COMMENTARY | COLUMNISTS | RON CARRICO

Christmas past, present and future

Last week I went to my two granddaughters' preschool Christmas parties. There were more parents and grandparents than kids. Lots of pictures, presents and the kind of treats we only see at Christmas. Maybe I should say “holidays.”

Children who are 3 and 4 years old do not understand the significance of Christmas as a celebration of the birth of Jesus. Nor do they understand the way the holiday has expanded from sometime during Thanksgiving Day (when the stores open) or that dreadful term “Black Friday” (sounds like the plague or something), which officially kicks off the Christmas gift buying season.

It was fun seeing and hearing the kids sing the old songs. I don’t think many were religious, but there was one Hanukkah song. But if you think about what these children get from the songs, the culture and the barrage on TV, you wonder what the future of the winter celebration might become.

Will we one day be celebrating the birth of Frosty, or will there be red-nosed reindeer in the stable? Will sleigh bells and rides become mandatory, or will they be banned from schools?

Thinking about the children and their impression of the Christmas or winter holiday season, I wonder if today's imaginations will become the beliefs of future. Today our cultural picture of a Christmas holiday is based upon Charles Dickens' “A Christmas Carol,” published in 1843. This seems to be where the nostalgic images of Christmas traditions, parties, family reunions and Christmas trees begin.

But the religious Christmas traditions celebrating the birth of Jesus actually began in the fourth century as a feast (Christ’s Mass). And many Christmas customs started independently of Jesus' birth beginning with pre-Christian festivals that were celebrated around the winter solstice by pagans. These elements, including the Yule log and gift giving, began with the Roman Saturnalia and were absorbed into Christmas over the centuries.

The prevailing traditions and culture of Christmas have continually evolved since the holiday's inception, ranging from a quite religious observance, to sometimes raucous, drunken parties, to the family-oriented and children-centered themes beginning in the 1800s.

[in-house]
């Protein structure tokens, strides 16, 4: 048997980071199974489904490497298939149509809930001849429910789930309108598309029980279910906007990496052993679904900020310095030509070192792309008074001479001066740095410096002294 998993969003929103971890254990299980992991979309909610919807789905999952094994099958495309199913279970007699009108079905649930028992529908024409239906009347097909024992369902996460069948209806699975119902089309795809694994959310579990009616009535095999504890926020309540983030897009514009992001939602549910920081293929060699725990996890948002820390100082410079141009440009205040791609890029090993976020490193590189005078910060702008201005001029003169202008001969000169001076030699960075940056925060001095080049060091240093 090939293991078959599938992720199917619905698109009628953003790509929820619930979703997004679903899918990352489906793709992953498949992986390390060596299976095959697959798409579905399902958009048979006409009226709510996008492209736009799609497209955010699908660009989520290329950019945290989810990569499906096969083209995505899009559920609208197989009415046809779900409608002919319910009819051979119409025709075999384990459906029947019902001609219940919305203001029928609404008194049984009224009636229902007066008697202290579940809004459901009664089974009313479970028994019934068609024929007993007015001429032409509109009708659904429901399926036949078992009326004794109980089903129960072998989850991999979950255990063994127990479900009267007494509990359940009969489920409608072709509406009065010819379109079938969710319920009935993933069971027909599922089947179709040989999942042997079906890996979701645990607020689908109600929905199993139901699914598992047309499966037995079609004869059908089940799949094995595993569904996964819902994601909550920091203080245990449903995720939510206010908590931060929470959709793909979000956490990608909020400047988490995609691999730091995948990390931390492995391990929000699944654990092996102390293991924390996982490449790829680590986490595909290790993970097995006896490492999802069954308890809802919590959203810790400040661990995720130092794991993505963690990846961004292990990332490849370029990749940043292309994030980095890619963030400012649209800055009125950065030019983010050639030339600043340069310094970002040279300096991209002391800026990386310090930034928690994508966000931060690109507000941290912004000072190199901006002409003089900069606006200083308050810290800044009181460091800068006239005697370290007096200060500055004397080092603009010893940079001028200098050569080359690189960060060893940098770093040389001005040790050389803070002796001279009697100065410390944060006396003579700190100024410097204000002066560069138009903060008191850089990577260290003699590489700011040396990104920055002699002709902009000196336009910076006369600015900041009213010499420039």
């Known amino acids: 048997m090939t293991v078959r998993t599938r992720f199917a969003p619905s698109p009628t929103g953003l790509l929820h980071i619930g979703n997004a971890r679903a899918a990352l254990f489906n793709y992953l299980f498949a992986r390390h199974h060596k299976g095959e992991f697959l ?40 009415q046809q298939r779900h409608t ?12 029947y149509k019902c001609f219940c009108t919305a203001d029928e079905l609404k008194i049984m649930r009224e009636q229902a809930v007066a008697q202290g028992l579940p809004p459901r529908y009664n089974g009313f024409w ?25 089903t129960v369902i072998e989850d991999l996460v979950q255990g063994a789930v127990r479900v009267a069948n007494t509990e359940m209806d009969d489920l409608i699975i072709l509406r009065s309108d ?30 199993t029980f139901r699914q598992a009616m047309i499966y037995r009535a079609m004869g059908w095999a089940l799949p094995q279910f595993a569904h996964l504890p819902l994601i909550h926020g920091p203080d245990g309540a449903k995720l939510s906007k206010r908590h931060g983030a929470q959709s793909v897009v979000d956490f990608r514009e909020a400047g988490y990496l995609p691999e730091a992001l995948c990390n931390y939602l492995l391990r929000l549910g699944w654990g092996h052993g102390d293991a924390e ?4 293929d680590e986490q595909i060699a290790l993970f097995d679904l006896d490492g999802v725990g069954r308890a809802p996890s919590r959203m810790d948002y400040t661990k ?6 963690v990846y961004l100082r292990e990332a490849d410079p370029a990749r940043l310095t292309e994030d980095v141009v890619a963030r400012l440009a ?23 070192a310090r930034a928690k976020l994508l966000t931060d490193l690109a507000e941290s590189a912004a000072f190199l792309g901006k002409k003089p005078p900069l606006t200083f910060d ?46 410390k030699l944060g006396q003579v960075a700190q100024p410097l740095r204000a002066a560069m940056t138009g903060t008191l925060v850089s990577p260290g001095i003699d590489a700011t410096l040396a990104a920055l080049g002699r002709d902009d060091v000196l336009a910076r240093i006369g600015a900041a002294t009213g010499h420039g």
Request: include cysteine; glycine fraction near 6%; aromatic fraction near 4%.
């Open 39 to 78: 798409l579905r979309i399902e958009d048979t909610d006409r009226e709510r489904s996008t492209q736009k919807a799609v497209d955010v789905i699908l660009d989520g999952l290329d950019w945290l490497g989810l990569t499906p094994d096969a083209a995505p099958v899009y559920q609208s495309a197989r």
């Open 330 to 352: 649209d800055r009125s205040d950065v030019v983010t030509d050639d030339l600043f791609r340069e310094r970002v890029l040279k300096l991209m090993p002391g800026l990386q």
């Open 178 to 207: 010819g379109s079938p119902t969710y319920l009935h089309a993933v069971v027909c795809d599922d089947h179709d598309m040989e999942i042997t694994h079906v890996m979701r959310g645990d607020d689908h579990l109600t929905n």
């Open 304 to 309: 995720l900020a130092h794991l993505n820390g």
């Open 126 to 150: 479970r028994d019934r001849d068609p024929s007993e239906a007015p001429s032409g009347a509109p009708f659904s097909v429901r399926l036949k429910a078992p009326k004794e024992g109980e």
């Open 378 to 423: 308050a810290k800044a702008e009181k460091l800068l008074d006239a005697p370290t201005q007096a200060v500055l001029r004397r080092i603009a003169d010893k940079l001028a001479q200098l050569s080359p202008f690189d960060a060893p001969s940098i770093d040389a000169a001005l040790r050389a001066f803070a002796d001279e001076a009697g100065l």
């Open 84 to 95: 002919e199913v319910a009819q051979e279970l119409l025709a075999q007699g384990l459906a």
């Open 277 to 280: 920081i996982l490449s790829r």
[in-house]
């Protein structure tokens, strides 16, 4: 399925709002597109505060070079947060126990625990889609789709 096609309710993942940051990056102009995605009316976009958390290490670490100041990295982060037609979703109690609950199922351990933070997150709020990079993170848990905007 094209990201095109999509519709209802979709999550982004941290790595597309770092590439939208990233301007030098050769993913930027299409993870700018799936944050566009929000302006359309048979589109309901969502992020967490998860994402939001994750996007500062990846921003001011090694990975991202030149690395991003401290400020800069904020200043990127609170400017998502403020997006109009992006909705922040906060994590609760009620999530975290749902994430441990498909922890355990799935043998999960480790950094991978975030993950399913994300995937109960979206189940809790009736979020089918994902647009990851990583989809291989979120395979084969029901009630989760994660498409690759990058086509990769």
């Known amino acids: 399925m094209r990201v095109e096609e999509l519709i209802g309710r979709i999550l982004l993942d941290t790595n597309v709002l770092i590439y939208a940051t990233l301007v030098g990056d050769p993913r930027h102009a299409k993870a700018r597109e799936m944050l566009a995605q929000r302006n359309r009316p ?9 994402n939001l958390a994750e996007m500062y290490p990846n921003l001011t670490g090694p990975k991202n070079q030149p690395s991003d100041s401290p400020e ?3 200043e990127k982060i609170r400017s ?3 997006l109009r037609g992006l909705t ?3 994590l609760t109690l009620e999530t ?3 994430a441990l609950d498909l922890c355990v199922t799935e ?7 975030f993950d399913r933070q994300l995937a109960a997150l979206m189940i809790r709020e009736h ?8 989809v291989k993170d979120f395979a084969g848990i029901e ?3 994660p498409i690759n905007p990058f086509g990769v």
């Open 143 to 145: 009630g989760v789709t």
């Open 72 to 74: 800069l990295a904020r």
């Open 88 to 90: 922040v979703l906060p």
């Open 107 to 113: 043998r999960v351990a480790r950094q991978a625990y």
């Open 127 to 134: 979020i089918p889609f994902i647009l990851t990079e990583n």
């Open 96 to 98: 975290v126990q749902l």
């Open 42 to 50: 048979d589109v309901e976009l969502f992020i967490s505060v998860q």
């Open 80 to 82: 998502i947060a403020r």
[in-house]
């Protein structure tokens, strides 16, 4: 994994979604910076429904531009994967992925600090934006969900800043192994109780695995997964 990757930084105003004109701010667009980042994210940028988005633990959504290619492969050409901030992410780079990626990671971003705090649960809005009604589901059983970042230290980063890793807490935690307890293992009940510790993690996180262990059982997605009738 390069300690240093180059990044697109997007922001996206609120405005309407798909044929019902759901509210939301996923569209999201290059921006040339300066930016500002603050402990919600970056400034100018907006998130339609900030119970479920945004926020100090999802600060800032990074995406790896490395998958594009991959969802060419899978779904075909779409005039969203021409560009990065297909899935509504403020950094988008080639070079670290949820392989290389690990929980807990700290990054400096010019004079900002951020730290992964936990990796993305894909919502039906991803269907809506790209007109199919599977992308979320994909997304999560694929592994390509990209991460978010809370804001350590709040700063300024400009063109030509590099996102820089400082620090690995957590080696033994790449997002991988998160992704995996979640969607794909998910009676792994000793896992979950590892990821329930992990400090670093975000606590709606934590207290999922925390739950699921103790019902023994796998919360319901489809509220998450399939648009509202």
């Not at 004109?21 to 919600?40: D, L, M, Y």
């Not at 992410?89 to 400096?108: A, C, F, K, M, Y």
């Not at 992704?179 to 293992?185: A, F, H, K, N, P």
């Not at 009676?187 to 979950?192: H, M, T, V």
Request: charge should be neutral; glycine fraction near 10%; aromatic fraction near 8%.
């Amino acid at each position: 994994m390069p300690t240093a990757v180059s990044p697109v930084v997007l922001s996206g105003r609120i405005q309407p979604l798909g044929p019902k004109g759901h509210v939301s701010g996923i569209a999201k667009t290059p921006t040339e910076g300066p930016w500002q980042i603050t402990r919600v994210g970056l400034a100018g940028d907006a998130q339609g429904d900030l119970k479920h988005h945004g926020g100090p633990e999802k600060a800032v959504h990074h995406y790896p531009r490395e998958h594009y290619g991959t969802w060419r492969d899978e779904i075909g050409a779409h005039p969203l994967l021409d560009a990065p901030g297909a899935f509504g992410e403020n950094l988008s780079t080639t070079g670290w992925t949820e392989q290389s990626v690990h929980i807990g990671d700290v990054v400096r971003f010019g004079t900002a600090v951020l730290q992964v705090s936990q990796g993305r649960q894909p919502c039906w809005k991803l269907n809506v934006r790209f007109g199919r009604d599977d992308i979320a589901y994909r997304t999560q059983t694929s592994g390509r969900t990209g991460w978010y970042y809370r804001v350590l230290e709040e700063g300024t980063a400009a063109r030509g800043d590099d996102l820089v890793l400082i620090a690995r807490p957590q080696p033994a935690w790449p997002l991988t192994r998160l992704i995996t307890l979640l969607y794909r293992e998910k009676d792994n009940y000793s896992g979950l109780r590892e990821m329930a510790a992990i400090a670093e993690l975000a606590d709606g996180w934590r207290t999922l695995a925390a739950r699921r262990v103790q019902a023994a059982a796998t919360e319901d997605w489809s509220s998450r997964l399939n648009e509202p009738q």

Our modern world of movies, cartoons, music, TV and newspapers has added the North Pole, Frosty, flying red-nosed reindeer, Charlie Brown, Santa Claus, and “It's a Wonderful Life” to the imagination. This is amplified by commercial interests telling us our friends, kids, fellow workers and neighbors must receive gifts or greeting cards available in stores or online. And for the lazy or unimaginative among us — gift certificates.

As time passed from the birth of Jesus to 300 or 400 years later and the Bible and establishment of the Christian church, the celebration of a birthday has drifted from a story about a simple birth in a stable, an event lost in history, to the fluff of interpretation.

Facts do not particularly wear well with the passage of time. Does anyone actually know the true story of Jesus? Is any religious story any better than another? And aren’t facts often replaced by myth? Moreover, the story of any particular religion or belief is easily dismissed by others as a fairy tale.

So now as time passes, will our current interpretation of the Christmas season and Jesus change? Imagine, the morphing of our current celebration into future celebrations. Maybe not today but perhaps 200 years from now telling the Christmas story might become how Santa Claus was the father of a sacred savior or Charlie Brown was born in a cradle with red-nosed reindeer nearby and attended by wise visiting snowmen on camels.

But now in 2012, what do we in the United States celebrate in this winter season? Yes, some of us celebrate the birth of Jesus, but more than anything else we celebrate family. We celebrate togetherness, kindness, forgiveness, hope, joy and love, and we pray for peace and prosperity for all.

Some say there is some sort of war on Christmas — apparently by disrespecting the religious aspects. But with the growth of the holiday from one day per year to about a month from Thanksgiving sales up to Dec. 25, how can it be said that the birth of Jesus is not celebrated? If nothing else, the Christian holiday brings us together, and all faiths can celebrate the particular holiday or Hanukkah or whatever brings us together.

So in the spirit of the season, season’s greetings, happy holidays or merry Christmas. Whatever you like best.


Carrico is a San Diego attorney and can be emailed at roncarrico@hotmail.com. Comments may be published as Letters to the Editor.

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